Ramadan 2019: How the moon sighting committee signals the start of the holy month
The start of Ramadan will be marked by a new crescent moon
Ramadan is almost upon us in the UAE – and those tasked with announcing the start of the holy month for 2019 will soon be looking to the skies for answers.
Astronomers are predicting Monday, May 6, will be the first day of the ninth month of the Hijri calendar and the beginning of Ramadan this year.
However, the job of officially calling the start – as well as the end of Ramadan – will be down to the Moon Sighting Committee, which will search for the new crescent moon.
So how will its members do this? The National explains the process.
Why does a moon sighting committee announce the start of Ramadan?
The Islamic calendar is determined by moon phases, which are either 29 or 30 days long. So the presence of a new moon signals the start of a new month in the Islamic calendar.
The committee will begin searching for the new crescent moon after Maghrib prayers on the 29th day of Sha’ban, the Islamic month preceding Ramadan. If it cannot be seen, or is known using calculations to not be in the sky, it is considered to be the 30th day of the month.
But if the new crescent is spotted, Ramadan begins the following day. The process is repeated again to mark the end of the holy month and the first day of Shawwal, the 10th month. However, searching for the new crescent can be a little tricky, because it is usually faint and is only seen for about 20 minutes.
Does the new moon have to be seen with the naked eye?
According to tradition, Ramadan begins the morning after the new moon is seen. But Ramadan is sometimes called based on calculations alone, such as when hot and hazy weather prevents stargazers from seeing the moon with the naked eye.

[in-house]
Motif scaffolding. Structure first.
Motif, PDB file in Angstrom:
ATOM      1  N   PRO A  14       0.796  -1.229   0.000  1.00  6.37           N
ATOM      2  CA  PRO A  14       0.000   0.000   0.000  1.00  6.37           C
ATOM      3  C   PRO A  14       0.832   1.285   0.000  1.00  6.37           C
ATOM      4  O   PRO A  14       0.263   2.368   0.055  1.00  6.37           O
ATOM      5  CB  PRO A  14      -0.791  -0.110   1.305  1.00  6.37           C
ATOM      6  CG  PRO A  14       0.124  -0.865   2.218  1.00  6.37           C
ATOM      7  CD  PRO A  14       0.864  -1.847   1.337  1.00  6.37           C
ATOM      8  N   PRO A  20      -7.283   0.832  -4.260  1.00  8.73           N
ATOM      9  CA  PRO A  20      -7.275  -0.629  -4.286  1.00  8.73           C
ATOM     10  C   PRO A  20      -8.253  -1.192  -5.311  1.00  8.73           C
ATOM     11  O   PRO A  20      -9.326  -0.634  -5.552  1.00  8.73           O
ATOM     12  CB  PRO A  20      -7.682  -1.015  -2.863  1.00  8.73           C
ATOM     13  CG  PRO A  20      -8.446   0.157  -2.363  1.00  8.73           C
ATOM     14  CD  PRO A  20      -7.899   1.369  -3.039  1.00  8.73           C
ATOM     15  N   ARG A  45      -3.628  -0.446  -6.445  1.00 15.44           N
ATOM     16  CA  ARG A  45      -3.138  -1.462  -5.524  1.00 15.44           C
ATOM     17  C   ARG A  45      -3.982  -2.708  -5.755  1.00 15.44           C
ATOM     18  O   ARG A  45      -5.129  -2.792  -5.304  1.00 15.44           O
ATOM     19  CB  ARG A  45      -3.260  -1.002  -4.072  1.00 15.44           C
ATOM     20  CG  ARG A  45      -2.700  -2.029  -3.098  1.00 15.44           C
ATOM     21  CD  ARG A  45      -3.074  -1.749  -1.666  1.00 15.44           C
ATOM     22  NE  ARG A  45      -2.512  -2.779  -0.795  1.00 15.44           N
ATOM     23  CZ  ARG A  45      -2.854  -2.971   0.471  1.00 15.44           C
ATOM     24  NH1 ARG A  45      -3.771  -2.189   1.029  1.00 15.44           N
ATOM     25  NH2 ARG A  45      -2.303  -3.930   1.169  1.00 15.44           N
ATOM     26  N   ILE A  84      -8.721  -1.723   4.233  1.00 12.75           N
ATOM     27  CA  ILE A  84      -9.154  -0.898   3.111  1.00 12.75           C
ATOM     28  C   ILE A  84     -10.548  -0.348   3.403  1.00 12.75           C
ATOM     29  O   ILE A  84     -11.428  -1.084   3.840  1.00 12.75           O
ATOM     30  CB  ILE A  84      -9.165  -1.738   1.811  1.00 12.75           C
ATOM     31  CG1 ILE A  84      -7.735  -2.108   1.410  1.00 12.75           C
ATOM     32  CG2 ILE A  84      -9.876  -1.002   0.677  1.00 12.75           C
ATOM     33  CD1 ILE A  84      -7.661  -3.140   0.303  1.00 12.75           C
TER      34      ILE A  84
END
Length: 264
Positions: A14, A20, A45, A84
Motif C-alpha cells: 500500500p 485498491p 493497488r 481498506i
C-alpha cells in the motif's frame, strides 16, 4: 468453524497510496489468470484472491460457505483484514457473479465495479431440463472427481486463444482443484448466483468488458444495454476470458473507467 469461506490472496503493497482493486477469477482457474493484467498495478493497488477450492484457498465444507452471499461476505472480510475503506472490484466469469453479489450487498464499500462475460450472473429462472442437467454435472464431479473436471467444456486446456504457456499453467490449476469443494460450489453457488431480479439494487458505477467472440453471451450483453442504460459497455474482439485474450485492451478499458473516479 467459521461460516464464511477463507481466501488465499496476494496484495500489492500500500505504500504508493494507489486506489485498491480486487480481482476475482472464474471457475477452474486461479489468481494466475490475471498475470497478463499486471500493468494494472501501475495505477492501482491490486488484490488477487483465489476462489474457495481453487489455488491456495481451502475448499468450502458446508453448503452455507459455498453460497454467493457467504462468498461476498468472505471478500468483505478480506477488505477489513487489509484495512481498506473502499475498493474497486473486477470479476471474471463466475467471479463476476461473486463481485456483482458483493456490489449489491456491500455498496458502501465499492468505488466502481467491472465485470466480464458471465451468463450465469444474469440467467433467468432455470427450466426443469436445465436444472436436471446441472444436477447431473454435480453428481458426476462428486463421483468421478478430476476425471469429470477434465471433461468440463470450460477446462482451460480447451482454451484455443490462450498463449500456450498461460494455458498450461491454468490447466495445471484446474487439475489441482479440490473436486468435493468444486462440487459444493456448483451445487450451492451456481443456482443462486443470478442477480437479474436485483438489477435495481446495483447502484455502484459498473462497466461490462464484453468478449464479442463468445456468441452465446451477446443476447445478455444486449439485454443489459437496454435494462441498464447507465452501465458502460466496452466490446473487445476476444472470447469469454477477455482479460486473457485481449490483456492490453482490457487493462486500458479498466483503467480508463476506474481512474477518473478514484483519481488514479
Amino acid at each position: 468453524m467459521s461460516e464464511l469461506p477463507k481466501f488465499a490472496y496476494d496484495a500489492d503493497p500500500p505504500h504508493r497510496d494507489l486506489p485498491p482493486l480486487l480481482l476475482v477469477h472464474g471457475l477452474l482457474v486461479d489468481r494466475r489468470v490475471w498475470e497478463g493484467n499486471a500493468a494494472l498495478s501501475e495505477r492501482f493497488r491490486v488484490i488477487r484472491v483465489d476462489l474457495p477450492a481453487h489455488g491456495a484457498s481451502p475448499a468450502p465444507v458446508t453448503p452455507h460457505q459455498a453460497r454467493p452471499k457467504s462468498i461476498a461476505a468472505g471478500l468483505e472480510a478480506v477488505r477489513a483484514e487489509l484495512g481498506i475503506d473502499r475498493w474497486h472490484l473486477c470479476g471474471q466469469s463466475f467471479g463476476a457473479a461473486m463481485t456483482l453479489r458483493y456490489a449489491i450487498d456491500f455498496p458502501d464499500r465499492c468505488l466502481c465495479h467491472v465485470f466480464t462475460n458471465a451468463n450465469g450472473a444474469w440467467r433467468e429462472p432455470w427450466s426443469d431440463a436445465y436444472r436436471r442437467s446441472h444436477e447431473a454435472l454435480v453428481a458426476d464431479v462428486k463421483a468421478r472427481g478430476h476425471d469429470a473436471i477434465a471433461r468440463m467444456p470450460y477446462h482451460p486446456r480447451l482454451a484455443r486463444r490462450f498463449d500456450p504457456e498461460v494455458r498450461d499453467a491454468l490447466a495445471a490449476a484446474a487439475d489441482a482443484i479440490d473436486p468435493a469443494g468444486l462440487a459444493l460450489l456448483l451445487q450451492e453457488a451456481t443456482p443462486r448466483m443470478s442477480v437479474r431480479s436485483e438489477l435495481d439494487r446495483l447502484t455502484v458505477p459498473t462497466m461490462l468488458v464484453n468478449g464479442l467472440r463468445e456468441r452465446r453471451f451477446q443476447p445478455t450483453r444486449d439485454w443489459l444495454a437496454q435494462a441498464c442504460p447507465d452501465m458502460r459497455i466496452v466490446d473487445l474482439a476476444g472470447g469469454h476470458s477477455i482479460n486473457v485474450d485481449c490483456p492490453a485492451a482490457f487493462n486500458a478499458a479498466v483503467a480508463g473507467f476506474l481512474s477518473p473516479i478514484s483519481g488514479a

This can often happen in the summer months, according to astronomers, as was in the case in 2013. Calculations are likely to form the basis of the decision again this year.
This is because the new crescent is expected to form on Sunday, May 5 at 2.46am UAE time, meaning it will not be seen after Maghrib prayer until the evening of May 6, which is predicted to be the first day of Ramadan.
When is the committee formed?
A few days before the start of Ramadan. Last year its members included the president of the Federal Supreme Court Yousif Saeed Al Abri, acting undersecretary of the Abu Dhabi Judicial Department, Dr Farooq Hamadeh, and the religious counsellor of the Abu Dhabi Crown Prince’s Court, Mohammed Jowan Al Muhairi.
The Abu Dhabi Judicial Department will decide when the holy month begins based on the findings of the committee and make the announcement via Wam, the UAE's news agency.
How will the committee’s members look for the moon?
By using a combination of their own sight with technology and tools, such as a smartphone, to double-check the moon’s location and a telescope and binoculars to nail it down. Interestingly, astronomers do not always prefer a telescope for the job, as it shows only a tiny fraction of the sky. Binoculars, they say, give a much wider field of view.
Do all Muslim countries call Ramadan on the same day?
No. Traditionally Oman’s religious authority calls Ramadan independently of the rest of the Gulf, while the UAE, Bahrain and Saudi Arabia observe the holy month on the same dates.
Saudi Arabia leads the way in calling the start and end of the holy month, but each country has its own committee to confirm the presence of the new moon.
This article was first published April 26, 2019
Updated: April 29, 2019 12:45 PM